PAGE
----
Investors can get a piece of the distressed-debt action by buying Pioneer High Income Trust, a closed-end fund that focuses on lower-rated corporate bonds, loans and convertibles. PHT is aggressive within the high-yield space, holding a lot of single-B and triple-C issues including Viking Cruises and Tenet Healthcare. PHT’s investment strategy and use of leverage has positioned it especially well to profit from the rebound in distressed debt coming out of recessions. In 2009, after the Great Recession, the fund posted a 104% total return; after the March 2020 recession PHT delivered a 62% 12-month total return. The fund currently yields 9.47% and is trading 10% below its net asset value.

Martin Fridson is editor of Forbes/Fridson Income Securities Investor and CIO of Lehmann, Livian, Fridson Advisors LLC.

Avenue is happily filling the void, lending privately at rates as high as 15% currently. Property tax liens have been another fertile area for Lasry; he has been buying them in bulk. When homeowners are late to pay their property taxes, municipalities often sell tax lien portfolios to investors like Avenue. The town passes off the headache of debt collection, and Avenue gets to collect the interest payments, which can be anywhere between 9% and 18%. Tax liens are senior to home mortgage debt. Thus, if the house ends up in foreclosure, Avenue gets paid before the mortgage holder.

“There’s zero risk of loss,” Lasry says. “A house that’s worth a million dollars would have to be worth less than $15,000, because the tax lien is 1.5%, which is impossible.”

Born in Morocco, Lasry immigrated to the United States with his parents in 1966, when he was 7. His mother, who taught French at the school he and his two younger sisters attended, made Lasry learn English by reading the Funk & Wagnalls encyclopedia. His father was a computer programmer for the state of Connecticut.

Marc and Sonia both attended Clark Univer­sity in Worcester, Massachusetts, from which Marc graduated in 1981 with a B.A. in history. Before attending New York Law School, he worked as a UPS truck driver and briefly consi­dered ditching his academic plans due to the high wages and good benefits.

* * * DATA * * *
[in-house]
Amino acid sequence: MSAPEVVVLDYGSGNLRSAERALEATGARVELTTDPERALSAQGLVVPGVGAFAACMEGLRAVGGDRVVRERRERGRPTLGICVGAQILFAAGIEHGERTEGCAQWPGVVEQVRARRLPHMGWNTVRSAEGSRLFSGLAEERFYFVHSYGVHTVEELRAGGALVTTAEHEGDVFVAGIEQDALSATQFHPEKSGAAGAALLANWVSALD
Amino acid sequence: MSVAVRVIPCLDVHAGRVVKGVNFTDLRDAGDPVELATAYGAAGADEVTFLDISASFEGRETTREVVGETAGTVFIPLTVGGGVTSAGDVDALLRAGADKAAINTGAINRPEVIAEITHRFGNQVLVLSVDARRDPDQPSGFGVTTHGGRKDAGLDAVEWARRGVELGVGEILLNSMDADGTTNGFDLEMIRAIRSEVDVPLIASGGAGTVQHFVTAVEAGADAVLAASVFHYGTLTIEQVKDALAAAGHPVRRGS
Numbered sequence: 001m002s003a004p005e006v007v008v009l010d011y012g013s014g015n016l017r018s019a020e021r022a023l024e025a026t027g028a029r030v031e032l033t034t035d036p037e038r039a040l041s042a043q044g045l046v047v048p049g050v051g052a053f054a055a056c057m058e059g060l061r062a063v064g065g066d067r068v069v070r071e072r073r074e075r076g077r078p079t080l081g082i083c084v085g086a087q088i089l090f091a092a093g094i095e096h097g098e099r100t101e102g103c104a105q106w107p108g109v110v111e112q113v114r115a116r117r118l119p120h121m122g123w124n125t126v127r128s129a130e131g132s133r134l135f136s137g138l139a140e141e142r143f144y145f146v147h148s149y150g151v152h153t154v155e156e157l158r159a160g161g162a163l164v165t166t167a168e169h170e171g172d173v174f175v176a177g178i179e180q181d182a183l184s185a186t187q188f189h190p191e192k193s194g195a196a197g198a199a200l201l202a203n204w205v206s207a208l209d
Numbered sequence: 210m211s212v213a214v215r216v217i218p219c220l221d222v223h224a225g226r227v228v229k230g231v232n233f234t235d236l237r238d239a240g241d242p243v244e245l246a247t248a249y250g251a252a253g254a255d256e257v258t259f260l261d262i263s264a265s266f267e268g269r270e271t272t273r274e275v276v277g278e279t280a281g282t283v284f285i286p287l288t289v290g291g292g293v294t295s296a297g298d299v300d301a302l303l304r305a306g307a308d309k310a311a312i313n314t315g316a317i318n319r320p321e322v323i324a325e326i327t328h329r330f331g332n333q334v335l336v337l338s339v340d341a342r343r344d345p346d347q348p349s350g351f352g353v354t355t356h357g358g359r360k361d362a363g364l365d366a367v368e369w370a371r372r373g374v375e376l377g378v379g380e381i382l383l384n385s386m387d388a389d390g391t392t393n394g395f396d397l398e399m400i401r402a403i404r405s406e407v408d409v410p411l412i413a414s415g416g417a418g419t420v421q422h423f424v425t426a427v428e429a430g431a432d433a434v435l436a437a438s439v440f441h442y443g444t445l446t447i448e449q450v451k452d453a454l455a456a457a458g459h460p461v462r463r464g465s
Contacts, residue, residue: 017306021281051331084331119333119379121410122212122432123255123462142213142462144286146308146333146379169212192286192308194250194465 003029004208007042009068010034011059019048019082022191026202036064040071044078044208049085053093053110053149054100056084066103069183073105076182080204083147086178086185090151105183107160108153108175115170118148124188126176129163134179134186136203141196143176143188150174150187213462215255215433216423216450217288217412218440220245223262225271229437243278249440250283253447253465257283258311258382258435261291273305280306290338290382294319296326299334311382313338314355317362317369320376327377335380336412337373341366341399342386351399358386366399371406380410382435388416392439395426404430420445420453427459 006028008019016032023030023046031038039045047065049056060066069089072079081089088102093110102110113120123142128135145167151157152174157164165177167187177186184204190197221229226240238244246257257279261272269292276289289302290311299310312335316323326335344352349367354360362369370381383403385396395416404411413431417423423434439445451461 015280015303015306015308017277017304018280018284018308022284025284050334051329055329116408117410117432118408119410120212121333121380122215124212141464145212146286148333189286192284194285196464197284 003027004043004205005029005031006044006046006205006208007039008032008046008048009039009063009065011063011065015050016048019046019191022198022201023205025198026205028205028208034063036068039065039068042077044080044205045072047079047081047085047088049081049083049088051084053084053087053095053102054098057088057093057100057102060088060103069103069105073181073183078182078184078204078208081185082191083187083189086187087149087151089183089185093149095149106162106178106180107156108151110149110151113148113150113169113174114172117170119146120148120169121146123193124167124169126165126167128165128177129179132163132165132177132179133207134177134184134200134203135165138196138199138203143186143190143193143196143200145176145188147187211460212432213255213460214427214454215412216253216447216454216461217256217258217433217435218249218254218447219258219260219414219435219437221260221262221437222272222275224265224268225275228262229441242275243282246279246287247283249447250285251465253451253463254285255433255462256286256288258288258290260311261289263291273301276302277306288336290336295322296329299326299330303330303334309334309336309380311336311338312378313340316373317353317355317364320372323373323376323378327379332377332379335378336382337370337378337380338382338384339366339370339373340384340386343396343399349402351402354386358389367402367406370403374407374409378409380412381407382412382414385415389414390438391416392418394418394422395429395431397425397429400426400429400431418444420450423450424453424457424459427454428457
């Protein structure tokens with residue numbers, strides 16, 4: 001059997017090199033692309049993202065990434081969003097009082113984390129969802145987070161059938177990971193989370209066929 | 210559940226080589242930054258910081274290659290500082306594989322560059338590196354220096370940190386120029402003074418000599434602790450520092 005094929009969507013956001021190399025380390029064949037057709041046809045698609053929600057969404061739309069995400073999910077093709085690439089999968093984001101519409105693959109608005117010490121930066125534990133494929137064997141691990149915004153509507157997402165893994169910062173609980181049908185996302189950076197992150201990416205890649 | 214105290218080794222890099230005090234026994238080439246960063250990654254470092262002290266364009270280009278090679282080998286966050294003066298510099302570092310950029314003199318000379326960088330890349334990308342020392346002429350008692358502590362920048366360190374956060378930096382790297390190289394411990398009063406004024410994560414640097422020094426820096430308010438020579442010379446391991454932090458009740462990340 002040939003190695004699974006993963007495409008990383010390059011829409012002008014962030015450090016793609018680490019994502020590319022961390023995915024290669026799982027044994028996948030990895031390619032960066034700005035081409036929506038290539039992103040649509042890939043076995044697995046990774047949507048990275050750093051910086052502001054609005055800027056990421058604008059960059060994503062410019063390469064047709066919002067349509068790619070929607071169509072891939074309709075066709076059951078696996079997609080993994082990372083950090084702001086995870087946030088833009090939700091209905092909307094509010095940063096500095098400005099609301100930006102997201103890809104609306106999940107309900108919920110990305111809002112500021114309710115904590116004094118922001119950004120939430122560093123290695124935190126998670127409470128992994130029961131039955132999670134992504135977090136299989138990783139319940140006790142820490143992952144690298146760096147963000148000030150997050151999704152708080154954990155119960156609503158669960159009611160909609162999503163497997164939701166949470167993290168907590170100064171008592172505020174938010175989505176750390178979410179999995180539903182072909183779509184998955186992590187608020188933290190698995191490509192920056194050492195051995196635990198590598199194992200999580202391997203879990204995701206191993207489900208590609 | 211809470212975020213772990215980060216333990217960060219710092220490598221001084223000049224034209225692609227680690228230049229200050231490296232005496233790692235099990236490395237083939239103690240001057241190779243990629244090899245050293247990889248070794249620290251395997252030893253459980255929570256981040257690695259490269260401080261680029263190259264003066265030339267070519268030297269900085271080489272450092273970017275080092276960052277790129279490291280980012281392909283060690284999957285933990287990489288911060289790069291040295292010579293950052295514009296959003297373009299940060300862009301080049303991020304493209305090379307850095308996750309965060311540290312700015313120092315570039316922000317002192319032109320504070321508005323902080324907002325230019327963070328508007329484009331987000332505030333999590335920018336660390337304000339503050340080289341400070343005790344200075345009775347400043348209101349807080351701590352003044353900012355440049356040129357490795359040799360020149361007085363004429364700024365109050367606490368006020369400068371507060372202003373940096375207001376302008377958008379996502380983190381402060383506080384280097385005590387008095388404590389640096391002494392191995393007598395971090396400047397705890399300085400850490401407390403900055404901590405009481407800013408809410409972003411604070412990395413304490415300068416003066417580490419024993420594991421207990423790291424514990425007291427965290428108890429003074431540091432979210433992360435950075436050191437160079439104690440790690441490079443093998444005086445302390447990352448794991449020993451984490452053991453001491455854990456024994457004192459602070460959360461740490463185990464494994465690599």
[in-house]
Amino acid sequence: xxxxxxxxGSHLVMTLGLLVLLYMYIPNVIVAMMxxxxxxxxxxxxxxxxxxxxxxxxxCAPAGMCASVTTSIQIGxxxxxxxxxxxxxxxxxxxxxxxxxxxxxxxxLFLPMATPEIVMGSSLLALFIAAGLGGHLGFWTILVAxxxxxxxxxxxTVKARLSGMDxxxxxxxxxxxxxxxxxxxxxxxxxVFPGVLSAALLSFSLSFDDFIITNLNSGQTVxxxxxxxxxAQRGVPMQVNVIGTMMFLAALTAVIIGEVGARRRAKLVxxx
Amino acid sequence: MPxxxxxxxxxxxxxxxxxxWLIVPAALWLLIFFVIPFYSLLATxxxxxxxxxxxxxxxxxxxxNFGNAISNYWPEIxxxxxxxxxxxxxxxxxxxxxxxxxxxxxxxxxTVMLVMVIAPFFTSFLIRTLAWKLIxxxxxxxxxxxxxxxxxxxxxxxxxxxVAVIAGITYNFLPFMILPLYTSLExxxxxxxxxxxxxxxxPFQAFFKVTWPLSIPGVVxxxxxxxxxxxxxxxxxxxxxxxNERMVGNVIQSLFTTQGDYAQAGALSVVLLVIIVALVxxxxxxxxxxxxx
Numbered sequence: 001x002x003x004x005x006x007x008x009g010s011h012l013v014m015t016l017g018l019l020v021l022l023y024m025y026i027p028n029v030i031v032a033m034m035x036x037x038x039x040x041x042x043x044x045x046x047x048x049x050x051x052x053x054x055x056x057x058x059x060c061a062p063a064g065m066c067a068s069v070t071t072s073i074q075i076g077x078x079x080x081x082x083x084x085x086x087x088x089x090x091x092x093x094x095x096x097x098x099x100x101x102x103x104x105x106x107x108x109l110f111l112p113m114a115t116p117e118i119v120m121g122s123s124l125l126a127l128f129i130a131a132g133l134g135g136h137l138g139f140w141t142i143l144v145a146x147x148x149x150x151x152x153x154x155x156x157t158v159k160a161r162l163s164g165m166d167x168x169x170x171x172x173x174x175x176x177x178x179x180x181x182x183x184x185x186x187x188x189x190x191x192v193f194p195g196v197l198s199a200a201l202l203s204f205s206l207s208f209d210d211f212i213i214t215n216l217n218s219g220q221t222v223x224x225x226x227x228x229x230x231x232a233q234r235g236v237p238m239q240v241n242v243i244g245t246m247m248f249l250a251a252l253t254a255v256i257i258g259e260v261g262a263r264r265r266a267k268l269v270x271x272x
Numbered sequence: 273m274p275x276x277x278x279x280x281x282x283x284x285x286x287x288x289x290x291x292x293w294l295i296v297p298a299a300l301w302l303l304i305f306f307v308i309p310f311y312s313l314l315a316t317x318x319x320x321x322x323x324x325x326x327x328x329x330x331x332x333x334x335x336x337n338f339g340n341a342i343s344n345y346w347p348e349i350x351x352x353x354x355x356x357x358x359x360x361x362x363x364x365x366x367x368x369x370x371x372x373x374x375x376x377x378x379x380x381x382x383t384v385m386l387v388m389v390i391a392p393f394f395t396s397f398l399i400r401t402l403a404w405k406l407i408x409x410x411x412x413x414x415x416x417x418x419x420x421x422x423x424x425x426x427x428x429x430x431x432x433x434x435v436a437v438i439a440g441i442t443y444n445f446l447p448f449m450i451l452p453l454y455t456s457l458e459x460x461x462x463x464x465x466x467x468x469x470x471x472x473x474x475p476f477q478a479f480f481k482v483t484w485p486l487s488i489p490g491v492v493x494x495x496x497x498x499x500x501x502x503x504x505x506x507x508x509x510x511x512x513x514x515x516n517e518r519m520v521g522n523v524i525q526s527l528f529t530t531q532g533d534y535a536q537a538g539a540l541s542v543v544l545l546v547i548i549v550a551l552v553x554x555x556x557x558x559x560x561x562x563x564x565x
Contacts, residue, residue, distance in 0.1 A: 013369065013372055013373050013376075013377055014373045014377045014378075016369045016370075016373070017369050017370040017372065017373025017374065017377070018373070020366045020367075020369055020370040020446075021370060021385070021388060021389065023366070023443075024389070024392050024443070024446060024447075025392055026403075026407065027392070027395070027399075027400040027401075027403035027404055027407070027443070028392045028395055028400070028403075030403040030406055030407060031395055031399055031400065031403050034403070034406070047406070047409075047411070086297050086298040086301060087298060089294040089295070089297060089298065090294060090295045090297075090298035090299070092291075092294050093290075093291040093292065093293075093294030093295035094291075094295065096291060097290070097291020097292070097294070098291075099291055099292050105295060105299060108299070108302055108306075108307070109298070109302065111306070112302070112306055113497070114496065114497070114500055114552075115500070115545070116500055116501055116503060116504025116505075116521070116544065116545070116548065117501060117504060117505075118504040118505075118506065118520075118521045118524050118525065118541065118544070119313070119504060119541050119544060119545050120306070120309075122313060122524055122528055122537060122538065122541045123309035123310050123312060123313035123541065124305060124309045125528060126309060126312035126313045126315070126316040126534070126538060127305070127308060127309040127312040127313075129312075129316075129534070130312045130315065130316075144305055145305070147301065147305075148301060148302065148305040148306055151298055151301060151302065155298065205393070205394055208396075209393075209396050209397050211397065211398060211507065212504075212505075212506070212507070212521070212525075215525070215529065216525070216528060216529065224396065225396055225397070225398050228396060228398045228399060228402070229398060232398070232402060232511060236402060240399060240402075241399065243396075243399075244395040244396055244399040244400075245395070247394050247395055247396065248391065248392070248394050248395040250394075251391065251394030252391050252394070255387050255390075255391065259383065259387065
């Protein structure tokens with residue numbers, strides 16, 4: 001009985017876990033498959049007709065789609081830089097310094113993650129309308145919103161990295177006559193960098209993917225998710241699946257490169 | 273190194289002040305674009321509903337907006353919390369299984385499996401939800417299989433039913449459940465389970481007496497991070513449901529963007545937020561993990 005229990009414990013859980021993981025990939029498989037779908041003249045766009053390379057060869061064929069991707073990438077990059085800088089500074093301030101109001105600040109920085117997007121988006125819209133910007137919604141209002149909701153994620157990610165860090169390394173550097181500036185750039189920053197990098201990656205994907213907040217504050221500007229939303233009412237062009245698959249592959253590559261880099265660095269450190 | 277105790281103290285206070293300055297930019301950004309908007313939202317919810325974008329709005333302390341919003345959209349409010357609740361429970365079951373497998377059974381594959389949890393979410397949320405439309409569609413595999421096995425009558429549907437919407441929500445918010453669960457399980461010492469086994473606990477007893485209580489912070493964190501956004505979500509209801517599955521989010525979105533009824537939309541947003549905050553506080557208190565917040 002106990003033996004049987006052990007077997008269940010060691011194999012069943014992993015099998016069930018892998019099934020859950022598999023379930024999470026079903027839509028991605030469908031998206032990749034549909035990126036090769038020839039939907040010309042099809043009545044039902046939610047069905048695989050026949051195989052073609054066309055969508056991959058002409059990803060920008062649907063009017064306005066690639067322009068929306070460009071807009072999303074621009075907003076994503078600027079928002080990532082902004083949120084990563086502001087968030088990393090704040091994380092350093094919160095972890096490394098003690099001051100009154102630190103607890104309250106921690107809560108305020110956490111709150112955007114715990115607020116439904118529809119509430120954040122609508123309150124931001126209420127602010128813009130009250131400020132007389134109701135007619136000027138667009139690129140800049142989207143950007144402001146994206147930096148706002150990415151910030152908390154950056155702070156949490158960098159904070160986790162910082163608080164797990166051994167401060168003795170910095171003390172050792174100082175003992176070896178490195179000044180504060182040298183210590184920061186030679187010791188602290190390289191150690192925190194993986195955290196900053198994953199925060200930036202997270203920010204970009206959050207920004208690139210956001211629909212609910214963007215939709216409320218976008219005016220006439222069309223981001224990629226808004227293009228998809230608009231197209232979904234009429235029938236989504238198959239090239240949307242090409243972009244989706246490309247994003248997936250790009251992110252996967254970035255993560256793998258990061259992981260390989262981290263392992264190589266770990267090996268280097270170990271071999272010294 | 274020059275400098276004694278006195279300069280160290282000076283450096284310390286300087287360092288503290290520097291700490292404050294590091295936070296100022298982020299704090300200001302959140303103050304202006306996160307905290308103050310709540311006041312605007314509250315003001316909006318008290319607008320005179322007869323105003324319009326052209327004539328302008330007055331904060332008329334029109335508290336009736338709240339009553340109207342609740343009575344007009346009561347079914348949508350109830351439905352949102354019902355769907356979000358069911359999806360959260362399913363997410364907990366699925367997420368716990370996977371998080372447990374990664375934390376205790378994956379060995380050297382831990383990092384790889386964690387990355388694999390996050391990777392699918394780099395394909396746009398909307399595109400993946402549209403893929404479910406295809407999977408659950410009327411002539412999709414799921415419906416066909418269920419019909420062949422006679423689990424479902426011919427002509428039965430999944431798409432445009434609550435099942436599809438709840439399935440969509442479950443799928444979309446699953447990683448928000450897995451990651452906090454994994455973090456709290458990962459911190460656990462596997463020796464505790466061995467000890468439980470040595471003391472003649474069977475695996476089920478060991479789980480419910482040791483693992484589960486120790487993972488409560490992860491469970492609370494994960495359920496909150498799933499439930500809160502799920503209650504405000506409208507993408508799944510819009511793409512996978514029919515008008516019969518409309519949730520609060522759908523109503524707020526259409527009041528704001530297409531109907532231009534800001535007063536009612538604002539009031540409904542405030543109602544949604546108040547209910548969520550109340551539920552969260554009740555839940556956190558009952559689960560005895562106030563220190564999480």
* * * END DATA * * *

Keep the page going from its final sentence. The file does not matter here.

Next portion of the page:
After clerking for New York bankruptcy judge Edward Ryan, Lasry landed at bond brokerage Cowen & Company in 1987, managing $50 million in partners’ capital. Not wanting to hire a future competitor, Lasry recruited his sister to join the firm. Says Gardner, now president of Avenue, “As a brother and sister, we have 100% trust in each other.”

In 1989, Lasry and Gardner, then 30 and 27, respectively, left Cowen to manage money for one of its biggest clients: Robert M. Bass, the legendary Texas billionaire (current net worth $5.3 billion). Under the tutelage of David Bonderman, the siblings invested mostly in bank debt, senior bonds and trade claims through a fund called Amroc, a play on Maroc, the French word for Morocco.

“Marc is willing to be aggressive when he thinks something is right, and he doesn’t let a small fact get away,” says Bonderman, who went on to cofound private equity giant Texas Pacific Group and is now worth $5.8 billion. “If somebody needs to say no, it’s Sonia. Marc doesn’t like to say no to people.”

In 1995, attracted by bigger deals in the burgeoning private equity business, Gardner and Lasry started Avenue with $7 million in capital.